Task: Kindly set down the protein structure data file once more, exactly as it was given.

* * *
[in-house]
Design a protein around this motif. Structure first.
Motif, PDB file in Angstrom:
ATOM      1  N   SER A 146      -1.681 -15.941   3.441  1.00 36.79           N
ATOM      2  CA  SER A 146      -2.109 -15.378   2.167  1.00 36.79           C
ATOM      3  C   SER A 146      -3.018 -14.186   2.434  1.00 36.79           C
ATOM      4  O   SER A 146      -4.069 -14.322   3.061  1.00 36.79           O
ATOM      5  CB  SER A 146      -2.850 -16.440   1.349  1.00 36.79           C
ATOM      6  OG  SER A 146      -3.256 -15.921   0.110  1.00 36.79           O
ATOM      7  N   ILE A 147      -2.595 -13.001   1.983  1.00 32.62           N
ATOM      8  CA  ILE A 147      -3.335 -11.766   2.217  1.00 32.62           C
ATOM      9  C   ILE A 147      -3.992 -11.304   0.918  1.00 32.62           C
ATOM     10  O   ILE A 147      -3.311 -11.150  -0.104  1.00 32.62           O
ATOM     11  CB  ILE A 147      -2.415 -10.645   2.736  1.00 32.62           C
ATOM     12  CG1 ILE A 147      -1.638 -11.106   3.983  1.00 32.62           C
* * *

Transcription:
[in-house]
Design a protein around this motif. Structure first.
Motif, PDB file in Angstrom:
ATOM      1  N   SER A 146      -1.681 -15.941   3.441  1.00 36.79           N
ATOM      2  CA  SER A 146      -2.109 -15.378   2.167  1.00 36.79           C
ATOM      3  C   SER A 146      -3.018 -14.186   2.434  1.00 36.79           C
ATOM      4  O   SER A 146      -4.069 -14.322   3.061  1.00 36.79           O
ATOM      5  CB  SER A 146      -2.850 -16.440   1.349  1.00 36.79           C
ATOM      6  OG  SER A 146      -3.256 -15.921   0.110  1.00 36.79           O
ATOM      7  N   ILE A 147      -2.595 -13.001   1.983  1.00 32.62           N
ATOM      8  CA  ILE A 147      -3.335 -11.766   2.217  1.00 32.62           C
ATOM      9  C   ILE A 147      -3.992 -11.304   0.918  1.00 32.62           C
ATOM     10  O   ILE A 147      -3.311 -11.150  -0.104  1.00 32.62           O
ATOM     11  CB  ILE A 147      -2.415 -10.645   2.736  1.00 32.62           C
ATOM     12  CG1 ILE A 147      -1.638 -11.106   3.983  1.00 32.62           C